FIG. 5 illustrates another preferred apparatus embodiment 110 having a display member 113 supporting a mounting member 116. In the apparatus 110, a conductive elongate member 120 (similar to the elongate member 20 shown in FIG. 1) having a helical member 121 forms a first electrical contact. Another elongate member 130 having a helical member 131 forms a second electrical contact. The elongate members 120, 130 are attached at a first end 132 to the mounting member 116 for swingable movement, relative to the display member 113, of a second end 134 from, respectively, quiescent orientations 120A, 130A to external perturbation driven activate orientations 120B, 130B which complete an electrical path through the transducer circuit 12. The embodiment 110 provides structure, therefore, to activate the transducer circuit 12 via contact between first and second electrical contacts formed by elongate members 120, 130.
Another apparatus embodiment 140 is shown in FIG. 6. The embodiment 140 is similar to an inverted form of the embodiment 10 of FIG. 1. The display member 142 is configured to rest on a base 144 and the elongate member 146 includes a vane 148 to respond to air movement so that the relative orientation of the members 142, 146 changes from the quiescent orientation 150A to the activate orientation 150B.
Another apparatus embodiment 160 is illustrated in FIG. 7 which is similar to an inverted form of the embodiment 30 of FIG. 2. The display member 162 is configured to rest on a base 164 and the elongate member 166 includes a bob 168 to respond to acceleration so that the relative orientation of the members 162, 166 changes from the quiescent orientation 170A to the activate orientation 170B.
Whereas the elongate members in the embodiments of FIGS. 1, 2A, 2B, 4A, 4B and 5 could be flaccid, the elongate members of FIGS. 6 and 7 must be sufficiently stiff so as to be free standing. Thus, a suitable elongate member could be formed of a material having appropriate spring characteristics to inherently establish its stable vertical orientation or could be formed of a rigid material which is spring mounted in a manner to establish its stable vertical orientation. It is also pointed out that in both FIGS. 6 and 7, the display members 142 and 162 are preferably secured to the base 144, 164 by a suitable means such as an adhesive or by Velcro.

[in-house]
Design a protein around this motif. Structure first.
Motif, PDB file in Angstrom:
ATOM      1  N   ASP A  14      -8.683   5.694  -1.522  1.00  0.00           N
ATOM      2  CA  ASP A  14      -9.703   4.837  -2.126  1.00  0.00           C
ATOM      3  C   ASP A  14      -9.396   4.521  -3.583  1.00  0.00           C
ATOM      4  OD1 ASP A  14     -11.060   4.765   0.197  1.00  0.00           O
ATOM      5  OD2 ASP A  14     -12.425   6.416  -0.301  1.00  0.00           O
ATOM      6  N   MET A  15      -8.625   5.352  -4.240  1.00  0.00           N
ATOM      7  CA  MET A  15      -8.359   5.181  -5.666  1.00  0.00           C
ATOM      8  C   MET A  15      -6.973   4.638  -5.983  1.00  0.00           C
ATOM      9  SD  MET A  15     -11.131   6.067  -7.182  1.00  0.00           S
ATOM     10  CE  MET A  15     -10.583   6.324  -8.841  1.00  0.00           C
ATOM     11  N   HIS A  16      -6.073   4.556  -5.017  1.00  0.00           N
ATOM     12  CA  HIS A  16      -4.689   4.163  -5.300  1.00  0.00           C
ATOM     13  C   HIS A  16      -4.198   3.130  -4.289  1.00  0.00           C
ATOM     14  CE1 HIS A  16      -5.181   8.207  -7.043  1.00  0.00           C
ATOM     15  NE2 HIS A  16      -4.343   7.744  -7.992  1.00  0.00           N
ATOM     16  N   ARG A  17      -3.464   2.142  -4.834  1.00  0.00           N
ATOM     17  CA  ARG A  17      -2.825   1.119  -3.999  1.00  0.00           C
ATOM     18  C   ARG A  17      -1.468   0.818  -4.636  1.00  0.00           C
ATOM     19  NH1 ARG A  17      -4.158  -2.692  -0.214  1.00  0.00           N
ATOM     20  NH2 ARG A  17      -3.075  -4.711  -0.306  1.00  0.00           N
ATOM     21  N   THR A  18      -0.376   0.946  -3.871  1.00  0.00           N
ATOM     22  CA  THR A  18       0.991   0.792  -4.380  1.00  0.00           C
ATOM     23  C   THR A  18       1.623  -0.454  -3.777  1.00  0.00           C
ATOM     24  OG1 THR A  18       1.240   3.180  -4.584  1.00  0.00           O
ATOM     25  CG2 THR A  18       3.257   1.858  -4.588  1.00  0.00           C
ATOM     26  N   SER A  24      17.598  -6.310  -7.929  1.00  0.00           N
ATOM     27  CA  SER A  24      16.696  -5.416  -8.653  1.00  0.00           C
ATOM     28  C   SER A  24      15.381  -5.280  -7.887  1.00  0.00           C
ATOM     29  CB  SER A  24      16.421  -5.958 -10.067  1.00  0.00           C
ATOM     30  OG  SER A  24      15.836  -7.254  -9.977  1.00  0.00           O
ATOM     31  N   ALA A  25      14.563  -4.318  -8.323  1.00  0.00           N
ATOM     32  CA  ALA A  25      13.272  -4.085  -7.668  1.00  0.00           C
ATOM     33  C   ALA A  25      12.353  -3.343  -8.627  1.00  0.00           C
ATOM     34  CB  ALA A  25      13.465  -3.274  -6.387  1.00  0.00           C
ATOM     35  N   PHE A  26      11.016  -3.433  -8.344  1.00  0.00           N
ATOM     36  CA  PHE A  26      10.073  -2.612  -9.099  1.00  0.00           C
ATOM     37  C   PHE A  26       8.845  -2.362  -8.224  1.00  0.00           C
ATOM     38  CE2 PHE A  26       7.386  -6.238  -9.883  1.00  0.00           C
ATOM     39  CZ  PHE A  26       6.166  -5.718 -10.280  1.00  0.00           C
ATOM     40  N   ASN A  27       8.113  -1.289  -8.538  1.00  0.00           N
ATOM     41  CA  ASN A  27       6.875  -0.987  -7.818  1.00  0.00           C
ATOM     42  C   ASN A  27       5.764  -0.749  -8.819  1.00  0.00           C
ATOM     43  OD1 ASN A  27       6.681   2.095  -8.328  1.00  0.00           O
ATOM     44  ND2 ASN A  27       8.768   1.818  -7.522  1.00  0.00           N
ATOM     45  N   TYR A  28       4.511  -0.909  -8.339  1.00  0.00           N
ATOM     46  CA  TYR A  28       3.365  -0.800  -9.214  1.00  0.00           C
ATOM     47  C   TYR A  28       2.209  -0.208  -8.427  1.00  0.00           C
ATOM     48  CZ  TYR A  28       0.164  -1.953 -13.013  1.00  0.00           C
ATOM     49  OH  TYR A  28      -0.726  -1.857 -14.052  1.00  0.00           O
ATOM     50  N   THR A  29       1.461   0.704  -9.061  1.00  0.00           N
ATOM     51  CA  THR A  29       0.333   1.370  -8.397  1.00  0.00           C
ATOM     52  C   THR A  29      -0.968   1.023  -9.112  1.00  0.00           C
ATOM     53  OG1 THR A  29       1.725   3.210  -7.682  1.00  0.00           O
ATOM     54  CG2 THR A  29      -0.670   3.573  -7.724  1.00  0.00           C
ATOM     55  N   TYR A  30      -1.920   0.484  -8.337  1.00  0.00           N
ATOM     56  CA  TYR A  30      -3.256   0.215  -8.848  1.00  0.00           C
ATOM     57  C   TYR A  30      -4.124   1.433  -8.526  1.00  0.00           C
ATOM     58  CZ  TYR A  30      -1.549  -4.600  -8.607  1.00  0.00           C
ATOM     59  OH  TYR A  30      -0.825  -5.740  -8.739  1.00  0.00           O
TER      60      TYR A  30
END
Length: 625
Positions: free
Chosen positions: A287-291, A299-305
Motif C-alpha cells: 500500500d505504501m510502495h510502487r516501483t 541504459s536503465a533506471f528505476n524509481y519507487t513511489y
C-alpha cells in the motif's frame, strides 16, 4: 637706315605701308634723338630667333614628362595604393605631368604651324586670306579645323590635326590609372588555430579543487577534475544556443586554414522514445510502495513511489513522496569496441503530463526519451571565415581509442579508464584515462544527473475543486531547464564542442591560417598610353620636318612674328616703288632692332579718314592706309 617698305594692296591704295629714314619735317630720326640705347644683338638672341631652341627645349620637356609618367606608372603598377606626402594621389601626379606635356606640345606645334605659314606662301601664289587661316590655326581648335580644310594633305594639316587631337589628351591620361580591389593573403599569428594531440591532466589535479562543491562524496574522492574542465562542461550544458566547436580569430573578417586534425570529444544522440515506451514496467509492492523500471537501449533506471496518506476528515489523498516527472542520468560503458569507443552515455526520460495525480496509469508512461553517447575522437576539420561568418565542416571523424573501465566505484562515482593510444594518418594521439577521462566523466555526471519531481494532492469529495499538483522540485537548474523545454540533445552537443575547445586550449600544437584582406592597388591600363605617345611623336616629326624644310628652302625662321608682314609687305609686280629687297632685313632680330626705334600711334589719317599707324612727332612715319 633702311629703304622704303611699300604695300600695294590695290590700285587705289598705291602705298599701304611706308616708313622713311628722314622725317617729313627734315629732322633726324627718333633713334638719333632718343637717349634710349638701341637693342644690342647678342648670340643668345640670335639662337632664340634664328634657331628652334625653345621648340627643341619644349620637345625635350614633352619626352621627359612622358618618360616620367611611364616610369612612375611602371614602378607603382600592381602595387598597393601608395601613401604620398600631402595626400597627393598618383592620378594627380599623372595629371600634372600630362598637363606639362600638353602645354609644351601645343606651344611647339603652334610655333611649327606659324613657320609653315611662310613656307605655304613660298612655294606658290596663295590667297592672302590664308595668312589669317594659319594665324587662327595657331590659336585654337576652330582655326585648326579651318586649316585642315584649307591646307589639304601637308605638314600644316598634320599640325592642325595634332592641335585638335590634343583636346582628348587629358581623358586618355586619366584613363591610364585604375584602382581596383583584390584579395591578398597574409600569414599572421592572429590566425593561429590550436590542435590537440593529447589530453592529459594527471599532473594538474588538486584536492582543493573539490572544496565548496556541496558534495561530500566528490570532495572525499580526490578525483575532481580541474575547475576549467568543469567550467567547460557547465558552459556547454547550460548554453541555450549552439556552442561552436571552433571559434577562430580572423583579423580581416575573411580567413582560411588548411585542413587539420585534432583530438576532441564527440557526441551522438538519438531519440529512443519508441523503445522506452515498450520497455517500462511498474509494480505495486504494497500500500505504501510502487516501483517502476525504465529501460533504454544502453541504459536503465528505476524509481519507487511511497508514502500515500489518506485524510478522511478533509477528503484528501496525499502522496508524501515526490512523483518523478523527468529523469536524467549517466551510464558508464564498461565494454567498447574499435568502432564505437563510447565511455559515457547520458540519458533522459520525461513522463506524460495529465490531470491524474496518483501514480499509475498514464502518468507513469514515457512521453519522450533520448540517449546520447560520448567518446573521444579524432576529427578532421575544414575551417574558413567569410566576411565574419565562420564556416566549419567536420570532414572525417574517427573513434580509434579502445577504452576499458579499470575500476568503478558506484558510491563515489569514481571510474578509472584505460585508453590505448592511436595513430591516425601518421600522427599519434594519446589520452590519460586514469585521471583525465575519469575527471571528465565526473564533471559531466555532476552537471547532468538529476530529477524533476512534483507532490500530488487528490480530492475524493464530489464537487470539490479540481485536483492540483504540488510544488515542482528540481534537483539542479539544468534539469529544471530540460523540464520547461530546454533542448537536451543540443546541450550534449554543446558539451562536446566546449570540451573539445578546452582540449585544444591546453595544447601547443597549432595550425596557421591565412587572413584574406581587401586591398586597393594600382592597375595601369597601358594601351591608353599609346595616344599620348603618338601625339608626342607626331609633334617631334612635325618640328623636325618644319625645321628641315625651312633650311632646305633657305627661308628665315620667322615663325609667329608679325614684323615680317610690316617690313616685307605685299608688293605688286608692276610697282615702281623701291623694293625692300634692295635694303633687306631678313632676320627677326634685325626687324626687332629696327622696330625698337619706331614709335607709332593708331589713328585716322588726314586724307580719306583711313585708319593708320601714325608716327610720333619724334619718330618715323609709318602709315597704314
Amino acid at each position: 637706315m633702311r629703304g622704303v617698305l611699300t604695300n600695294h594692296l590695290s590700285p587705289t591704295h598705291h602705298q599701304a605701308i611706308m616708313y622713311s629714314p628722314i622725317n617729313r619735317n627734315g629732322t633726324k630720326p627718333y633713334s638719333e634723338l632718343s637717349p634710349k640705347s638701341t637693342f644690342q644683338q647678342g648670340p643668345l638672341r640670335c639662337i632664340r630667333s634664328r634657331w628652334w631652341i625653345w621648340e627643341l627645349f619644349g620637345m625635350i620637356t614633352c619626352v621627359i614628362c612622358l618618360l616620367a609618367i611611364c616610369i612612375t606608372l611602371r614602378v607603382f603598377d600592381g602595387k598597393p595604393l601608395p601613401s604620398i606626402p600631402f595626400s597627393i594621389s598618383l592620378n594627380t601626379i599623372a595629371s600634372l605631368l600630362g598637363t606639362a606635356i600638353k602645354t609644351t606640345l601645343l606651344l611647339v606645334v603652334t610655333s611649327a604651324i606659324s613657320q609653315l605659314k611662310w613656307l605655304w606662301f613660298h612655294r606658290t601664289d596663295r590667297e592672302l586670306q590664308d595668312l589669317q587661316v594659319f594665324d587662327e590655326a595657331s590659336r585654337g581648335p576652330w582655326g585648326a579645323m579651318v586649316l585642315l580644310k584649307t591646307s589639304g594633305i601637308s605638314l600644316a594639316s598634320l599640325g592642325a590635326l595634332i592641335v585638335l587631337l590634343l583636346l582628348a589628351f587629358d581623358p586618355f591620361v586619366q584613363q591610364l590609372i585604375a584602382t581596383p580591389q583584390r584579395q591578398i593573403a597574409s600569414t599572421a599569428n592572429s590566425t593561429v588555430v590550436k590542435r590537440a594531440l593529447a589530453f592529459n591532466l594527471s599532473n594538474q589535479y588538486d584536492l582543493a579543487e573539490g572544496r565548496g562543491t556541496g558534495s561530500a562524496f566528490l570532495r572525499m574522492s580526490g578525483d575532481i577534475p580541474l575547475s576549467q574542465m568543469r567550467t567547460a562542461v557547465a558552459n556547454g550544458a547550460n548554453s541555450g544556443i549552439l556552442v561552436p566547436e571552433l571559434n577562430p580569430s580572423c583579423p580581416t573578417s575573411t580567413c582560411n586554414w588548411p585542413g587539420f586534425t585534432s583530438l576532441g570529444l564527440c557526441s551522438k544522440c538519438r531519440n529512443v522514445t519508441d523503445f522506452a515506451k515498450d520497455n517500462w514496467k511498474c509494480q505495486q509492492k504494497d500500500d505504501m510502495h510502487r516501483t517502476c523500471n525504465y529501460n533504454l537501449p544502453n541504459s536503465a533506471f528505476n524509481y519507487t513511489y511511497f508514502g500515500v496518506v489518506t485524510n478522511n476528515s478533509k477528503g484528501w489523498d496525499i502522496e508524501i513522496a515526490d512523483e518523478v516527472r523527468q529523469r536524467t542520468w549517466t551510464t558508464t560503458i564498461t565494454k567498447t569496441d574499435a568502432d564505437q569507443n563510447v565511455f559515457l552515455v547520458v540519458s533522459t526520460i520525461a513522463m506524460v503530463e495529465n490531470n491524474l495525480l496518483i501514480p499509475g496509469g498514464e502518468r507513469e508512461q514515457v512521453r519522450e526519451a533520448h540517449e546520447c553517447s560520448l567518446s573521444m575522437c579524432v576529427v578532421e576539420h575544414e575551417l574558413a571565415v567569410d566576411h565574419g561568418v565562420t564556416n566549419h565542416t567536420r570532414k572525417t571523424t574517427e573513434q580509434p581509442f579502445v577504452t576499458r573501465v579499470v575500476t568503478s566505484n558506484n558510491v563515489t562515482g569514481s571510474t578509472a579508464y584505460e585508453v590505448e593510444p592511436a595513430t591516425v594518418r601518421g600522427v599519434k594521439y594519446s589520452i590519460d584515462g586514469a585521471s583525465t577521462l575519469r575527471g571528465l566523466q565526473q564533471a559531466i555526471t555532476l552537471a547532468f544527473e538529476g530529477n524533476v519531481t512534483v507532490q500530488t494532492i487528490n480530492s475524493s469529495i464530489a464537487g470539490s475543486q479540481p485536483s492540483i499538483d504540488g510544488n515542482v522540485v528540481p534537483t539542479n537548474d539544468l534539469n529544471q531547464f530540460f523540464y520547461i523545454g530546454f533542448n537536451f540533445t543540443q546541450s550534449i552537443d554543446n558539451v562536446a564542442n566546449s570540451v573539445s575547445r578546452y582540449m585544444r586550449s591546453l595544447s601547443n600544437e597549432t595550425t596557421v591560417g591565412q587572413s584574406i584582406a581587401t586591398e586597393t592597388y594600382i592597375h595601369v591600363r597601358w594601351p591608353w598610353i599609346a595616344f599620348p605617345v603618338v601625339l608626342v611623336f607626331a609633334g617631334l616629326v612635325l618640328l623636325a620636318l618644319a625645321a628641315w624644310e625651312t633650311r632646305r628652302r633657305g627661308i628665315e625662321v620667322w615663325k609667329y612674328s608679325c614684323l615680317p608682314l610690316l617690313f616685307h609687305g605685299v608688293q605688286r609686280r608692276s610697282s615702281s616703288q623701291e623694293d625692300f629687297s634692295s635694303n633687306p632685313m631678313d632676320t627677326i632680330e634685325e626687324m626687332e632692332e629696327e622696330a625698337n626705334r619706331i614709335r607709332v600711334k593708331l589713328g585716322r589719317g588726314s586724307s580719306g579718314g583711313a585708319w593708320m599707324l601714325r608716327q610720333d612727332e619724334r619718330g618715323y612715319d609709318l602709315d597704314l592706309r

FIG. 8 depicts a circuit diagram of the transducer circuit 12 which includes a pattern generator 250, a filter and amplifier 252 and a sound transducer 254A. Alternatively, the circuit 12 may include a light transducer 254B and/or a motion transducer 254C and/or a heat transducer 254D. The first and second electrical contacts 21, 22 (shown for example in FIG. 1) are connected in series with the transducer circuit 12. When the elongate member and display member are in their activate orientation (e.g. members 18, 20 of FIG. 1) are in their quiescent orientation, the first and second electrical contacts 21, 22 will be spaced from one another as shown in FIG. 8. When they move to the activate orientation, the first and second electrical contacts 21, 22 will move into electrical contact to energize the transducer circuit 12 by completing an electrical circuit through it (e.g. by connecting the voltage supply 256 to the remainder of the circuitry).
Various commercially available pattern generators are known for producing signals for driving the transducers 254 to produce desired outputs. For example, inexpensive semiconductor chips (e.g. presently used in greeting cards and toys) can be used as the pattern generator 200. Such chips are readily capable of producing different electrical patterns for driving the transducers 254. Each pattern can be activated when the circuit is completed through a different trigger input 260.